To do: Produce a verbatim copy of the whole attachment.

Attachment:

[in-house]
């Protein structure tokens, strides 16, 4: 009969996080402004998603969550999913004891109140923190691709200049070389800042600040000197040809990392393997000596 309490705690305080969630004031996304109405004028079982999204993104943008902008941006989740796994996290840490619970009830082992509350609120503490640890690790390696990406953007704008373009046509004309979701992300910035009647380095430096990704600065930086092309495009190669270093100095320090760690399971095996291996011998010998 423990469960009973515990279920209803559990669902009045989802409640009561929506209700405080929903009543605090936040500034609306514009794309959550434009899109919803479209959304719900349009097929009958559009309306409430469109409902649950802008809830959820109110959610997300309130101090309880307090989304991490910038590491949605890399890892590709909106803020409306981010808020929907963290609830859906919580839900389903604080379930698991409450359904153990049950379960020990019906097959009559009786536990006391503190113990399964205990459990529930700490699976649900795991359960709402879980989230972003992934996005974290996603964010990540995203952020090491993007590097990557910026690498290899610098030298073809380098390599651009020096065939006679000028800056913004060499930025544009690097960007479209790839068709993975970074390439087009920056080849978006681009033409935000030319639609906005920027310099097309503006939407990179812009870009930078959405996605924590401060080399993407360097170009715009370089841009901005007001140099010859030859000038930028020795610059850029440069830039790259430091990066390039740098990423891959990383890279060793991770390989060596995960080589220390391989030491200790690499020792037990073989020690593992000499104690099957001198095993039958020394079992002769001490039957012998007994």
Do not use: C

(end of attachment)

[in-house]
């Protein structure tokens, strides 16, 4: 009969996080402004998603969550999913004891109140923190691709200049070389800042600040000197040809990392393997000596 309490705690305080969630004031996304109405004028079982999204993104943008902008941006989740796994996290840490619970009830082992509350609120503490640890690790390696990406953007704008373009046509004309979701992300910035009647380095430096990704600065930086092309495009190669270093100095320090760690399971095996291996011998010998 423990469960009973515990279920209803559990669902009045989802409640009561929506209700405080929903009543605090936040500034609306514009794309959550434009899109919803479209959304719900349009097929009958559009309306409430469109409902649950802008809830959820109110959610997300309130101090309880307090989304991490910038590491949605890399890892590709909106803020409306981010808020929907963290609830859906919580839900389903604080379930698991409450359904153990049950379960020990019906097959009559009786536990006391503190113990399964205990459990529930700490699976649900795991359960709402879980989230972003992934996005974290996603964010990540995203952020090491993007590097990557910026690498290899610098030298073809380098390599651009020096065939006679000028800056913004060499930025544009690097960007479209790839068709993975970074390439087009920056080849978006681009033409935000030319639609906005920027310099097309503006939407990179812009870009930078959405996605924590401060080399993407360097170009715009370089841009901005007001140099010859030859000038930028020795610059850029440069830039790259430091990066390039740098990423891959990383890279060793991770390989060596995960080589220390391989030491200790690499020792037990073989020690593992000499104690099957001198095993039958020394079992002769001490039957012998007994």
Do not use: C